Efrat Mayor Oded Revivi expressed his grief Sunday morning over the passing of Moshe 'Moshko' Moskowitz, who led the resettlement of Gush Etzion following the Six Day War.
"When Moshko decided to establish Efrat, he reached out to Rabbi [Shlomo] Riskin and asked if he knew how to establish a city in Israel. Rabbi Riskin replied that he did not know, so Moshko told him how Dizengoff decided he would be mayor, and only afterwards did he agree and work to bring in residents. Then Moshko looked up at Rabbi Riskin and added, 'You will be the rabbi and I will be the mayor.'"
"He was the human compass in the settlement, he drew the path to Gush Etzion, he was a person who knew how to appreciate and get excited about a new house, another neighborhood and another kindergarten in Efrat. He would shed a tear and say that the reality surpasses the dream," Revivi described.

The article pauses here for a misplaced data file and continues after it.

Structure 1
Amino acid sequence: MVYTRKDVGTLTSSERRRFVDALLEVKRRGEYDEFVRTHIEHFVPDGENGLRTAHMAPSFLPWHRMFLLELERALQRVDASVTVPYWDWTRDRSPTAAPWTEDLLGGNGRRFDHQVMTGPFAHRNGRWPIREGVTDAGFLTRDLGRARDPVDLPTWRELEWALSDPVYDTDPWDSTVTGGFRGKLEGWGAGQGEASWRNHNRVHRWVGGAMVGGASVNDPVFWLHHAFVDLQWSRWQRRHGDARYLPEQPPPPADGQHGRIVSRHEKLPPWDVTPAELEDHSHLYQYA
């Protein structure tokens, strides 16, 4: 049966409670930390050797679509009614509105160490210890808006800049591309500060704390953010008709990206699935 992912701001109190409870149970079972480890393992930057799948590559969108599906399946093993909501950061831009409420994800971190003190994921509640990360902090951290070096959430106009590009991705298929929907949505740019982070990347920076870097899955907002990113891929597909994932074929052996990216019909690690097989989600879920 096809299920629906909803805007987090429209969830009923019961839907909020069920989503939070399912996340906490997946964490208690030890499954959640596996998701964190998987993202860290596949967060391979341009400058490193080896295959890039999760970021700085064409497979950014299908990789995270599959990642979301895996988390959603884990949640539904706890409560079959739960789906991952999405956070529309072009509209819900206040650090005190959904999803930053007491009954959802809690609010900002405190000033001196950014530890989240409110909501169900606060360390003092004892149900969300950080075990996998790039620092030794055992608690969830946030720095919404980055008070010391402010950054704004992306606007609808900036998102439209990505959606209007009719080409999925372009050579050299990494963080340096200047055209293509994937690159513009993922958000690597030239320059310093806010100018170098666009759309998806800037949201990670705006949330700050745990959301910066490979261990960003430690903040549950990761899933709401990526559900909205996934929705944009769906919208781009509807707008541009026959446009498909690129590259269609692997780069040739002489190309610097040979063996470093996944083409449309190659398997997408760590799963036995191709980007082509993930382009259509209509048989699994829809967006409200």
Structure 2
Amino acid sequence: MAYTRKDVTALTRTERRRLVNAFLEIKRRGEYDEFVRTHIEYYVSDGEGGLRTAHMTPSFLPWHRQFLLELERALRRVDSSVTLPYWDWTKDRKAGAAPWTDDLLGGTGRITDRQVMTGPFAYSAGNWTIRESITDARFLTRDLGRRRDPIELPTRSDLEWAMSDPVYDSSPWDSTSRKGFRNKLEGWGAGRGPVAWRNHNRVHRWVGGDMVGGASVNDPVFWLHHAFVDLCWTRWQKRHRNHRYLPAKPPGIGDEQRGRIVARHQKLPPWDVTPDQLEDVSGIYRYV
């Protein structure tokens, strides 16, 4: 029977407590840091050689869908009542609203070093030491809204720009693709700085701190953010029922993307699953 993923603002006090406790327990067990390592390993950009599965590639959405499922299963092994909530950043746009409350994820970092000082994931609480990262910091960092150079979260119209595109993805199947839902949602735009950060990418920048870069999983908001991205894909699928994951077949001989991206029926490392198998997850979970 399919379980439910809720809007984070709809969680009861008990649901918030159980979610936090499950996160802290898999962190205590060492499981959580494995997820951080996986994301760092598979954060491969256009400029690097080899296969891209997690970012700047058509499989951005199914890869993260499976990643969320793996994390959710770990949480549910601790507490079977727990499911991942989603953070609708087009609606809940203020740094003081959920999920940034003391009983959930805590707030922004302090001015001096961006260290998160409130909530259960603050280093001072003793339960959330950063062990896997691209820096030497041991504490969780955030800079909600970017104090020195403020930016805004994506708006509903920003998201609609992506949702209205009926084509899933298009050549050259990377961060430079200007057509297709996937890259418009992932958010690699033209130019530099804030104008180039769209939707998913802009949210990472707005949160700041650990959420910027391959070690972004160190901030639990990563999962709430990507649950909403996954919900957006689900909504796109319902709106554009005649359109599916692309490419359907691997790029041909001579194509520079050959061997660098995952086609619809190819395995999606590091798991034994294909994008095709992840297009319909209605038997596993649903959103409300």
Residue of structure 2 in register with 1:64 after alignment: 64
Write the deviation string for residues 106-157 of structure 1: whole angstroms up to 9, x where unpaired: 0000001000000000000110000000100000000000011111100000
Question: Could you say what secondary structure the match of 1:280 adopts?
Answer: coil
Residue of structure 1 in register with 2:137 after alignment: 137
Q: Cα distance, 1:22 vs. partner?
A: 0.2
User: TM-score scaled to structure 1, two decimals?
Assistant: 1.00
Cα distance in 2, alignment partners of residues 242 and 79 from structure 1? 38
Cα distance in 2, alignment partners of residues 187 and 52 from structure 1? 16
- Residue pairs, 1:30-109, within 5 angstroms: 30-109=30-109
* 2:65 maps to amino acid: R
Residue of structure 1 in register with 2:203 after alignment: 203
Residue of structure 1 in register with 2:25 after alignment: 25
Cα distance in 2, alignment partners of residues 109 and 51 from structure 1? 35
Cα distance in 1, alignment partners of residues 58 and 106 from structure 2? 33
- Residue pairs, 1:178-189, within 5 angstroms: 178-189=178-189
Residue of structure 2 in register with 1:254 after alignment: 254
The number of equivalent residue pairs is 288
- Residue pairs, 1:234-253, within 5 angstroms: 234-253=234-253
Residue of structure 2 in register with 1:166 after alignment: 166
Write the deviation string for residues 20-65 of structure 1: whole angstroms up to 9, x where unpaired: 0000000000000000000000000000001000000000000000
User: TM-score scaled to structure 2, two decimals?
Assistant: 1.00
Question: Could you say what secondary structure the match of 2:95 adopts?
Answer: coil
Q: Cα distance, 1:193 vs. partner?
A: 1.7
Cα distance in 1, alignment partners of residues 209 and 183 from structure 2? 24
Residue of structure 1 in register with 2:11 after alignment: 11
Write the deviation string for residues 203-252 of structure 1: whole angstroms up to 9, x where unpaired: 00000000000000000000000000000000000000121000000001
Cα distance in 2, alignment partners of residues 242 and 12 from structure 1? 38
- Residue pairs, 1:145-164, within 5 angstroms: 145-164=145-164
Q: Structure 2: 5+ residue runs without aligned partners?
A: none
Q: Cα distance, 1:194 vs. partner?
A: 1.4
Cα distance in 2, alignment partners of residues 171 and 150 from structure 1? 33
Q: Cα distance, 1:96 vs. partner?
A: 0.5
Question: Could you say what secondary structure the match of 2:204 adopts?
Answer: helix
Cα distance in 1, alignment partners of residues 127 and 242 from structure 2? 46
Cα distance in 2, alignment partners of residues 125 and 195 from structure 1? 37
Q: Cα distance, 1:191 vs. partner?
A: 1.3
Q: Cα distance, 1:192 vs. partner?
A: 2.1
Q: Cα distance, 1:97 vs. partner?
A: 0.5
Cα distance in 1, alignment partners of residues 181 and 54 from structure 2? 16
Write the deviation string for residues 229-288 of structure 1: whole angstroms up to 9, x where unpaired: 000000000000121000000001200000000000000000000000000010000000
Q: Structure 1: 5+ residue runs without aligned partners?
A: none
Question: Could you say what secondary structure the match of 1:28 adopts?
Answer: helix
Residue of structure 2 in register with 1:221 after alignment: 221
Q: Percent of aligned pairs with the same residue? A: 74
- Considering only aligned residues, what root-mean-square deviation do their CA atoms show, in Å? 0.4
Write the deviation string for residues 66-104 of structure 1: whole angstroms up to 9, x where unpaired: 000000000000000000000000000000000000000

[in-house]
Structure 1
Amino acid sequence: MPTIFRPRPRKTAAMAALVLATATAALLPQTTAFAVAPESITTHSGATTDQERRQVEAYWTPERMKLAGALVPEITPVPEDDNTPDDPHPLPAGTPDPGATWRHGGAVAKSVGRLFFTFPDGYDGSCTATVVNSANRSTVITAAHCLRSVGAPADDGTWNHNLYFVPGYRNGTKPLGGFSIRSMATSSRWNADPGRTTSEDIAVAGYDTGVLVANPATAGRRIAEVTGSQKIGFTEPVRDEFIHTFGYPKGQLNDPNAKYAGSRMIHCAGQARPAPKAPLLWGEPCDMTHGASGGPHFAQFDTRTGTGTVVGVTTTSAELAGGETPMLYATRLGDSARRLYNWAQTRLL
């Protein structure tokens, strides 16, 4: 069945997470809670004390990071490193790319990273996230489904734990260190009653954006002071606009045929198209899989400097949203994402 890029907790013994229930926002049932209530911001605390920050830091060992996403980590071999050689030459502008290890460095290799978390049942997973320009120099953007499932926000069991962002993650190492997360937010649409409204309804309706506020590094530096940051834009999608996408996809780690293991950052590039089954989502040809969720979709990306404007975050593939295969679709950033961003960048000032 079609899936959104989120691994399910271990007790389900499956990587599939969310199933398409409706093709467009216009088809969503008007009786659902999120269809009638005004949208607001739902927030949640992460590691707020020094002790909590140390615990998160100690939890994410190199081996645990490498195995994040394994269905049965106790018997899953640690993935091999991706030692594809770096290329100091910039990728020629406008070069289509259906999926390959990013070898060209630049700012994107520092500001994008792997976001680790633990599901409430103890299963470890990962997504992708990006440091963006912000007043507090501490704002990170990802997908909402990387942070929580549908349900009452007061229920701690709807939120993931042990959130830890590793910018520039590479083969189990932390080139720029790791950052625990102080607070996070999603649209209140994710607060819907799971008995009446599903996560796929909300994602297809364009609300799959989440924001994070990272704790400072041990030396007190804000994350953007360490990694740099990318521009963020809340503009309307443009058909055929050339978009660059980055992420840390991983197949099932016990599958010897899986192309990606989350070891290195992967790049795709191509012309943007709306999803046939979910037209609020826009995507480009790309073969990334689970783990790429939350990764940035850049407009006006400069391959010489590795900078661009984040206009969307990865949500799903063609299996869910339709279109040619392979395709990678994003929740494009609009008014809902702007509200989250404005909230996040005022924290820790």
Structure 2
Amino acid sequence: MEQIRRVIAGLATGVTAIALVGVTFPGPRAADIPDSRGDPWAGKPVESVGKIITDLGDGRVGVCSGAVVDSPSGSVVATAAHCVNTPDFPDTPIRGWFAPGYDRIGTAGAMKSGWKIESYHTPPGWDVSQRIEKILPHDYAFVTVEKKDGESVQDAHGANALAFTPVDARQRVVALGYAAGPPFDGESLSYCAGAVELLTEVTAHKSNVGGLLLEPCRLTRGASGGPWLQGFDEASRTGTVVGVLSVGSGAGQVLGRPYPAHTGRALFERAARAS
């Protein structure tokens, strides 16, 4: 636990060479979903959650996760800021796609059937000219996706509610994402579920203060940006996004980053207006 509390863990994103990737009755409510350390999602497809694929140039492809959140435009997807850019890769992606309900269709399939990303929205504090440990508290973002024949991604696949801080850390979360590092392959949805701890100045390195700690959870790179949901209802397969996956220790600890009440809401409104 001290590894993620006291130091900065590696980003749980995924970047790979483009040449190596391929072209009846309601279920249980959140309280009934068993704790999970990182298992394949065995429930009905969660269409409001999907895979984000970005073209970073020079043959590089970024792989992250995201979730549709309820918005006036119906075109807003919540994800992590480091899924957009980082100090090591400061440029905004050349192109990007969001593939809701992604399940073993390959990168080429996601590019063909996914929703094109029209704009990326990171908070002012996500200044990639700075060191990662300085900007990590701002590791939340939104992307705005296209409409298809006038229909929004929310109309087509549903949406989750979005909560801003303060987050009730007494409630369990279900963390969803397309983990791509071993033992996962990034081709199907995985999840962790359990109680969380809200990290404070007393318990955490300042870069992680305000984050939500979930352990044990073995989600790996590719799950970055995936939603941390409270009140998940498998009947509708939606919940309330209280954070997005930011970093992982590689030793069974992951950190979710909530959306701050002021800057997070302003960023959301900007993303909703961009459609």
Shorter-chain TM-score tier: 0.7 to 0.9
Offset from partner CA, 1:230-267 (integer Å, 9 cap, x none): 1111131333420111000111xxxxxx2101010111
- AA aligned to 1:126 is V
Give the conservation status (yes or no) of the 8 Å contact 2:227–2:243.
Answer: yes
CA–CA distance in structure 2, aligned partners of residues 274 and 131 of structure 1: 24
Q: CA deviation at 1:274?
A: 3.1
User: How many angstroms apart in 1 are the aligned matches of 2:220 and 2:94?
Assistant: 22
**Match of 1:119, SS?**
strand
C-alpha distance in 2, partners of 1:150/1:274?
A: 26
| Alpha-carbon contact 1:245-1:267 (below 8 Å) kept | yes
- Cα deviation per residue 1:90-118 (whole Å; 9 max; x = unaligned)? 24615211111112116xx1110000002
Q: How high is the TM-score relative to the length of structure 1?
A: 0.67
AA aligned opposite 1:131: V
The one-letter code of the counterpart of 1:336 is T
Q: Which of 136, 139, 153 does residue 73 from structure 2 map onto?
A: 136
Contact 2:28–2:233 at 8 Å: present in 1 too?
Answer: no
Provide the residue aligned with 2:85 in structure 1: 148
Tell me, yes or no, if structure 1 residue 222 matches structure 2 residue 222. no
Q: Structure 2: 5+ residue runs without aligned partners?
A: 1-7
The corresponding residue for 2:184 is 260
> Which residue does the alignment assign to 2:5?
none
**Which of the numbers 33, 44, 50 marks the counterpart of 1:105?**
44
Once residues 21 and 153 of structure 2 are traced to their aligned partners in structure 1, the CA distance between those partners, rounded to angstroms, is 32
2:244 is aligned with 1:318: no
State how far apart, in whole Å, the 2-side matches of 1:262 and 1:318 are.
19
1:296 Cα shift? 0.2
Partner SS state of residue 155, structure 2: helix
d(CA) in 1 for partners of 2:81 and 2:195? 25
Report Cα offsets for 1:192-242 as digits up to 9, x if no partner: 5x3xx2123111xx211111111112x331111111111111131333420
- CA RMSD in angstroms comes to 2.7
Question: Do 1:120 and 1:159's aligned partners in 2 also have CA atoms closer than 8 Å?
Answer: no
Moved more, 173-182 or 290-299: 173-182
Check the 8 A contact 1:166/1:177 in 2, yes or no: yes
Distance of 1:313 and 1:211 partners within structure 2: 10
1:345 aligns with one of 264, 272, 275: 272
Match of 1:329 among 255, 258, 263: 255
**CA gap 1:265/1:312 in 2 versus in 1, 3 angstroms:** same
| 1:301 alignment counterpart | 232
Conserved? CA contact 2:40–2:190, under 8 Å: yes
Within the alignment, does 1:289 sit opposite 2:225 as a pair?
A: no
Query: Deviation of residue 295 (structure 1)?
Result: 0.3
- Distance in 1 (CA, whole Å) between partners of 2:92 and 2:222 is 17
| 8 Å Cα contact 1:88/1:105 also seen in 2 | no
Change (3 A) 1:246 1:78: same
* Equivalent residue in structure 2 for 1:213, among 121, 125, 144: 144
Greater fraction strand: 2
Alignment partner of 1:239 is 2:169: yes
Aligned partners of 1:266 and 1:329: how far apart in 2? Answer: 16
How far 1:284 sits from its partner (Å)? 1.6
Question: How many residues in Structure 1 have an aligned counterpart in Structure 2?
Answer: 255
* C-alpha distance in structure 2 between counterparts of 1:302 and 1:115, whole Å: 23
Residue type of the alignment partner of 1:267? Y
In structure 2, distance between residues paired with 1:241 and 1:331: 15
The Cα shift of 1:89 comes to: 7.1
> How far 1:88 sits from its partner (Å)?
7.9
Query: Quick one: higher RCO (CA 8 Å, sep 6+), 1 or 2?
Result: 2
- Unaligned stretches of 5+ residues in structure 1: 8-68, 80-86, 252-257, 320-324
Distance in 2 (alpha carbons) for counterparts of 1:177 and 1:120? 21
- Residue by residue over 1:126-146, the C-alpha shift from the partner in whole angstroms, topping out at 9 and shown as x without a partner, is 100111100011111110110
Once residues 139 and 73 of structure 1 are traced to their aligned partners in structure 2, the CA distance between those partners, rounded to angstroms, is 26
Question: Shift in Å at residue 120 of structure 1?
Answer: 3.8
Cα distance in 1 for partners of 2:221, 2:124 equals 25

"A month ago, Moshko sent me a letter in which he had already begged me to start to prepare for the marking of 100 years of independence for Israel," said Revivi. "The one who walked and outlined the paths of the history of the people of Israel in the Land of Israel in modern times has left us. May his memory be blessed," he concluded.
Moskowitz was born in 1925 in Czechoslovakia, and made Aliyah to Israel with his parents when he was 10 years old. His life work began even before the state was established when he was a member of the nucleus of Kibbutz Masu'ot Yitzhak, which was established in Gush Etzion in 1945.
He later began educational activities and went on a shlichut in the detention camps in Cyprus, with the aim of assisting illegal immigrants and preparing them for immigration to Israel.
After re-establishing Kibbutz Masu'ot Yitzhak within the boundaries of the Shafir Regional Council, he was elected to the position of head of the council, at the age of 27, and served in that position from 1952-1979.
Three years later, he laid the cornerstone for the town of Efrat, where he also served as the first head of the council from 1982-1986.